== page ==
#ProTip: How to get users in the habit of using your app

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Sally Shepard was speaking at AltConf about how to get users to actually use your app.
Sally Shepard was speaking at AltConf about how to get users to actually use your app.
Photo: Jim Merithew/Cult of Mac

Cult of Mac is at WWDC and AltConf fishing for ProTips. It’s a rich hunting ground — it’s the world’s biggest gathering of Apple developers, the alpha geeks, experts par excellence. What’s a ProTip? A ProTip is a nugget of knowledge, a little bit of expertise from someone in the know — a pro.

It sounds counterintuitive, but for many iOS developers, the easy part is getting people to download their app from the App Store. The hard part is getting people to use the app. Ideally, developers want them to use the app regularly. They want them to get into the habit of using it.

How do you do that? Sally Shepard, an app consultant who spent many years working with big publishers, has a great little tip.

Based in London, Shepard spent many years helping Dennis Publishing, a magazine giant best known in the United States for Maxim and Stuff, get users to actually read the company’s magazine apps.

The magazines were buried in Newsstand — Apple’s failed experiment in creating an iTunes for periodicals — and users would quickly forget they were there.

Shepard and her team tried everything: push notifications, SMS messages, even TV advertising, but nothing really worked, except … email.

Shepard discovered that boring old email was the most effective means of getting people to fire up your app.

“Emails are the best triggers,” she said, “by far.”

Push notifications didn’t work as well as email. Readers ignored them, probably because they got too many. Email, however, had great “conversion” and was perfect for getting readers into the habit of reading a publication.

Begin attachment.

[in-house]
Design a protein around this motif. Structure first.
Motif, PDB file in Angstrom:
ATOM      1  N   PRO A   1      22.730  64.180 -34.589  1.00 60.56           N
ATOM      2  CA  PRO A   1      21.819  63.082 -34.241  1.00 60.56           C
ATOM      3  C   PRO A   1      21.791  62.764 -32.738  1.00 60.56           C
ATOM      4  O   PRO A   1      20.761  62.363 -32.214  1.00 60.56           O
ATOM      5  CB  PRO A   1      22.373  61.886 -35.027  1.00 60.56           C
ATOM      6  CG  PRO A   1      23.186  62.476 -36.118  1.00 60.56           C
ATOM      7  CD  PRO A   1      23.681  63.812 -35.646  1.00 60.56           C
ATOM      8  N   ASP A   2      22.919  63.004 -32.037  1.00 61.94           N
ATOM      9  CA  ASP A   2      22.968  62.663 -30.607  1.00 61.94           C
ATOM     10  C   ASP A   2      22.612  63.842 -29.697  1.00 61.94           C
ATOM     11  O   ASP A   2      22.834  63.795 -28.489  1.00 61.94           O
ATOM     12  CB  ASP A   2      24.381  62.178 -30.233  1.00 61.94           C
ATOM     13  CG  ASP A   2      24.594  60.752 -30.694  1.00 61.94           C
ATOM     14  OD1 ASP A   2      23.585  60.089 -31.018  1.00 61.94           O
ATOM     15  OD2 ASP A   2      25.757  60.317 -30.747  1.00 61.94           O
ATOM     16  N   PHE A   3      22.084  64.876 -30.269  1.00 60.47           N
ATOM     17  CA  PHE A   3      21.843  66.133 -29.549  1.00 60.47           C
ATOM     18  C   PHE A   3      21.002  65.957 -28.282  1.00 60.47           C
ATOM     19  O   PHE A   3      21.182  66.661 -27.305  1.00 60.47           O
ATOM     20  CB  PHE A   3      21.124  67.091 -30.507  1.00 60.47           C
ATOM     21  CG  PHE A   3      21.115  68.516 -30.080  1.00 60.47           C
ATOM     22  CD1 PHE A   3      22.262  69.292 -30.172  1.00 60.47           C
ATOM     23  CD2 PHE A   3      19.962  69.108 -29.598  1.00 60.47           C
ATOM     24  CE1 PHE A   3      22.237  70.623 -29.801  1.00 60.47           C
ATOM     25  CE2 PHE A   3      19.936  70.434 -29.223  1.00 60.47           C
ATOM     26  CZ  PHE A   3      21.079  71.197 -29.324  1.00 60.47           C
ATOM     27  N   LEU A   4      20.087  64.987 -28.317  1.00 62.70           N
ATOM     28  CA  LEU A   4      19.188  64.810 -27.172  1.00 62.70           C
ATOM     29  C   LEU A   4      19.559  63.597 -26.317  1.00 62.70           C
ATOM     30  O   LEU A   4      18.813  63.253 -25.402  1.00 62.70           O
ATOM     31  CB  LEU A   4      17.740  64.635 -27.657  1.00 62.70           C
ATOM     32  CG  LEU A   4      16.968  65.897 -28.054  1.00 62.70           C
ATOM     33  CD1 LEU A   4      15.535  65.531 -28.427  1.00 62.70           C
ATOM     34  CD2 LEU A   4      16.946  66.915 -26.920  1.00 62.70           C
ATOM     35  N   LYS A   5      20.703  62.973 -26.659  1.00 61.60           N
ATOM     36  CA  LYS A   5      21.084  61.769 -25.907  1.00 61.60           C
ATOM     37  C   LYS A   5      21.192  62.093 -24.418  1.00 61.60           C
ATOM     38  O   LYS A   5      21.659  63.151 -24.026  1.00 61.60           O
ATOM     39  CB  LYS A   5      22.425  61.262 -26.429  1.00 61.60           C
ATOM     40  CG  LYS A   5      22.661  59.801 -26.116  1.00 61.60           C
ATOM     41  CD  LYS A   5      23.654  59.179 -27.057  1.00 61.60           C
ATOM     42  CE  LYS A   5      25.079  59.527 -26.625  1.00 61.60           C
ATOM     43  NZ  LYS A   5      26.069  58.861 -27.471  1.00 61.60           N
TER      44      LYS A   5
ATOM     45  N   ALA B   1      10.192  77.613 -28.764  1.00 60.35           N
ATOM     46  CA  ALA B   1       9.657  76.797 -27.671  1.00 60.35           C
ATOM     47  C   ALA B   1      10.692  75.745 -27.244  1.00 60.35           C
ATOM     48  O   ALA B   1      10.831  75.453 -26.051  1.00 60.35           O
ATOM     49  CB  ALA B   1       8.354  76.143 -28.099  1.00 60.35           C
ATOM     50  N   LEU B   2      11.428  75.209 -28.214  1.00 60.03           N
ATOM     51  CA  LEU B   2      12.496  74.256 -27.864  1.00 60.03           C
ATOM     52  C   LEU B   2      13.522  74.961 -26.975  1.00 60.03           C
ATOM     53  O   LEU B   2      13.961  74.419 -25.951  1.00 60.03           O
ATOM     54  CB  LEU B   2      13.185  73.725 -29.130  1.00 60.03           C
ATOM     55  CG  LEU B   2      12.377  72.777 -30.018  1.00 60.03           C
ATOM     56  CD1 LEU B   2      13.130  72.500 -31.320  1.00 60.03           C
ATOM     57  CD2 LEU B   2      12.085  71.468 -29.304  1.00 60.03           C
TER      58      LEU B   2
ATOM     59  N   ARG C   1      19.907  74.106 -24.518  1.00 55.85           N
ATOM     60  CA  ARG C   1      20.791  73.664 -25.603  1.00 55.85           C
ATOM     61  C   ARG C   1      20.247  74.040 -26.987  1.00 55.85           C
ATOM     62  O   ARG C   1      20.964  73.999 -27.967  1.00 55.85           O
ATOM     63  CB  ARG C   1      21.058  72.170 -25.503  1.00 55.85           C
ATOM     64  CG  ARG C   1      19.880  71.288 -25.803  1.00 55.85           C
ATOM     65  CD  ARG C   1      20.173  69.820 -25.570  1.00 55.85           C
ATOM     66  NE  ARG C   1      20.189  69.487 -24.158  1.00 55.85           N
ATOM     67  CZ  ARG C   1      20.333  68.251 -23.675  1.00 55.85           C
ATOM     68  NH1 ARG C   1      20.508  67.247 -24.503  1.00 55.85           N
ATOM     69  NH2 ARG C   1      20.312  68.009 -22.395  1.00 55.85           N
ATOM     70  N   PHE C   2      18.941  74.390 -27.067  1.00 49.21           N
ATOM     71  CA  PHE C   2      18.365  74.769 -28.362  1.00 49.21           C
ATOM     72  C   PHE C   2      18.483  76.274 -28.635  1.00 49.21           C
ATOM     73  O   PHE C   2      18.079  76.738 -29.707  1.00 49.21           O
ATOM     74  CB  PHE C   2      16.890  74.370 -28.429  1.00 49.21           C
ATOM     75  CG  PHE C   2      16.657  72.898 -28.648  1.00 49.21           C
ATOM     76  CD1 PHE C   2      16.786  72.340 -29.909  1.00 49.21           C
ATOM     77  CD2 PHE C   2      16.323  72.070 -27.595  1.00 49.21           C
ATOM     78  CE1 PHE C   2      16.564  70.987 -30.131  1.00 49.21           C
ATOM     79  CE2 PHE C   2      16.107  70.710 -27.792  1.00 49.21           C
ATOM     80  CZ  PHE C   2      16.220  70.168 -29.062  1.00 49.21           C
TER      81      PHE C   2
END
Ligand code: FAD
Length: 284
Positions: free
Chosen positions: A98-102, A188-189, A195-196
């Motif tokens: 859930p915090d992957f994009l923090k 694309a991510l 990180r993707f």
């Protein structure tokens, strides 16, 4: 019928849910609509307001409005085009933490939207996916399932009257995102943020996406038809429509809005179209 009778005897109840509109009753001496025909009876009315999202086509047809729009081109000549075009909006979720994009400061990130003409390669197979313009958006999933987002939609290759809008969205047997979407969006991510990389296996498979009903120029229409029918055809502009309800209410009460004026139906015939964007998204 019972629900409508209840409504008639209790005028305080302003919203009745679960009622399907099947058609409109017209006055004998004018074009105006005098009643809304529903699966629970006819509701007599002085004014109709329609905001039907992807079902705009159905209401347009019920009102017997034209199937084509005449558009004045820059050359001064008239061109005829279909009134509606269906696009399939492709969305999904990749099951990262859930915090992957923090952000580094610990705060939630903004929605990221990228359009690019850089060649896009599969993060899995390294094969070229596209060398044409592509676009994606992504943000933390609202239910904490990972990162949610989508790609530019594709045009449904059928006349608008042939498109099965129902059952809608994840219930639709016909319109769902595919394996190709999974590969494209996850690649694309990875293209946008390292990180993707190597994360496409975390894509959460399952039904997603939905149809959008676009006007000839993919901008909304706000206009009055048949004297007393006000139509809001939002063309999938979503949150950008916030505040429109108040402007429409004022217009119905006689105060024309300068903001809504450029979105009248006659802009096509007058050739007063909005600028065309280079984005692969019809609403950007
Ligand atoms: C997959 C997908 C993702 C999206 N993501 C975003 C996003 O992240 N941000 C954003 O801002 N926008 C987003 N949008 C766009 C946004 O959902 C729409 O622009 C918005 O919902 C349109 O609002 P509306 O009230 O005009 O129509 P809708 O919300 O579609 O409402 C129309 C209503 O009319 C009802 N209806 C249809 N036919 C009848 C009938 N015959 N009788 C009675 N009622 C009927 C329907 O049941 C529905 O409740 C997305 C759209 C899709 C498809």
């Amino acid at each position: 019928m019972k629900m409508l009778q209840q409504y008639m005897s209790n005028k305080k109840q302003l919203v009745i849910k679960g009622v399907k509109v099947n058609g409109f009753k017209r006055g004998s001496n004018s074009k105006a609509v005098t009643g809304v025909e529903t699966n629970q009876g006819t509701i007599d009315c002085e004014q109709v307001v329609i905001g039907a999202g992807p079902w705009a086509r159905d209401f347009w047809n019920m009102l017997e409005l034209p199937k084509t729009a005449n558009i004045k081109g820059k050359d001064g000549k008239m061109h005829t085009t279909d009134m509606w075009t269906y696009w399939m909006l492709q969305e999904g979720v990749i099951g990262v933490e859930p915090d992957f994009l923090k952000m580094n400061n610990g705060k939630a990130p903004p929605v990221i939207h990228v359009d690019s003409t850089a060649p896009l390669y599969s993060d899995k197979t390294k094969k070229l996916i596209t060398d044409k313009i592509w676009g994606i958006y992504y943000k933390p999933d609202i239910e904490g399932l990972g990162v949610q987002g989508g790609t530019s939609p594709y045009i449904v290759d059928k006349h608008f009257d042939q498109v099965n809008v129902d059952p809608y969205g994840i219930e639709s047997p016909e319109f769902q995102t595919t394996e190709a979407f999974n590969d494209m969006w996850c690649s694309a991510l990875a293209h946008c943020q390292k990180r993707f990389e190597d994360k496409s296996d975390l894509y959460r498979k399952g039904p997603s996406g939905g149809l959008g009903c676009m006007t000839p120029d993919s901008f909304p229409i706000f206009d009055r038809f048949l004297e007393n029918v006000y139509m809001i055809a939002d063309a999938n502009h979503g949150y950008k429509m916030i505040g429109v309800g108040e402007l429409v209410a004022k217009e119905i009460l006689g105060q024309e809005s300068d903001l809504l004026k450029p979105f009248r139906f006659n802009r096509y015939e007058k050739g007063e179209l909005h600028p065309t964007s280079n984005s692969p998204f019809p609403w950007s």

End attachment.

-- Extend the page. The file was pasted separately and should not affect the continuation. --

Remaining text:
Why is email so good? People read it. It’s deeply personal and often jealously guarded. People are vigilant about spam and picky about what they invite into their inboxes. If you make it, they’re likely to pay attention to your message. Plus a lot of people use email as a to-do system; they send themselves reminders, and the stream of messages are things they have to act on.

Even if users don’t act on the emails, they see them in the stream — and that can help keep an app in mind.

The magazines sent emails based on all kinds of different schedules — daily, weekly, bi-monthly and monthly. Some were even random, or semi-random. The emails were usually simple reminders that there was new content in the app. The Weekly, for example, started off by sending a weekly email — it’s a weekly, after all. But when it started publishing a daily digest of headlines, an email about that went out too — and it drove a lot of readers to open the app.

Based on her studies of  the scientific literature about forming habits, Shepard tried to persuade Dennis to offer free 40-day subscriptions to its magazines. She had learned that it takes about 30 days to make a new behavior a habit. She tried to persuade her bosses to offer 40-day trials of all apps (30 days plus a cushion), but they balked. As a compromise, readers were offered a two-week free subscription with another two weeks free if they volunteered their email.

After that, readers were emailed whenever there was a new issue. They also received an email if they had’t used the app in a while. (Shepard recommended signing up for MixPanel, a paid app analytics tool that has the ability to send reminder emails to dormant users).

The hard part for App Store developers is getting the email addresses in the first place. Lots of apps don’t ask for them. Shepard advised developers to figure out ways to get them — and then use them religiously after that.

You can find Shepard on Twitter at @mostgood.

Tune in for more ProTips here. We’ll be publishing them from WWDC all week.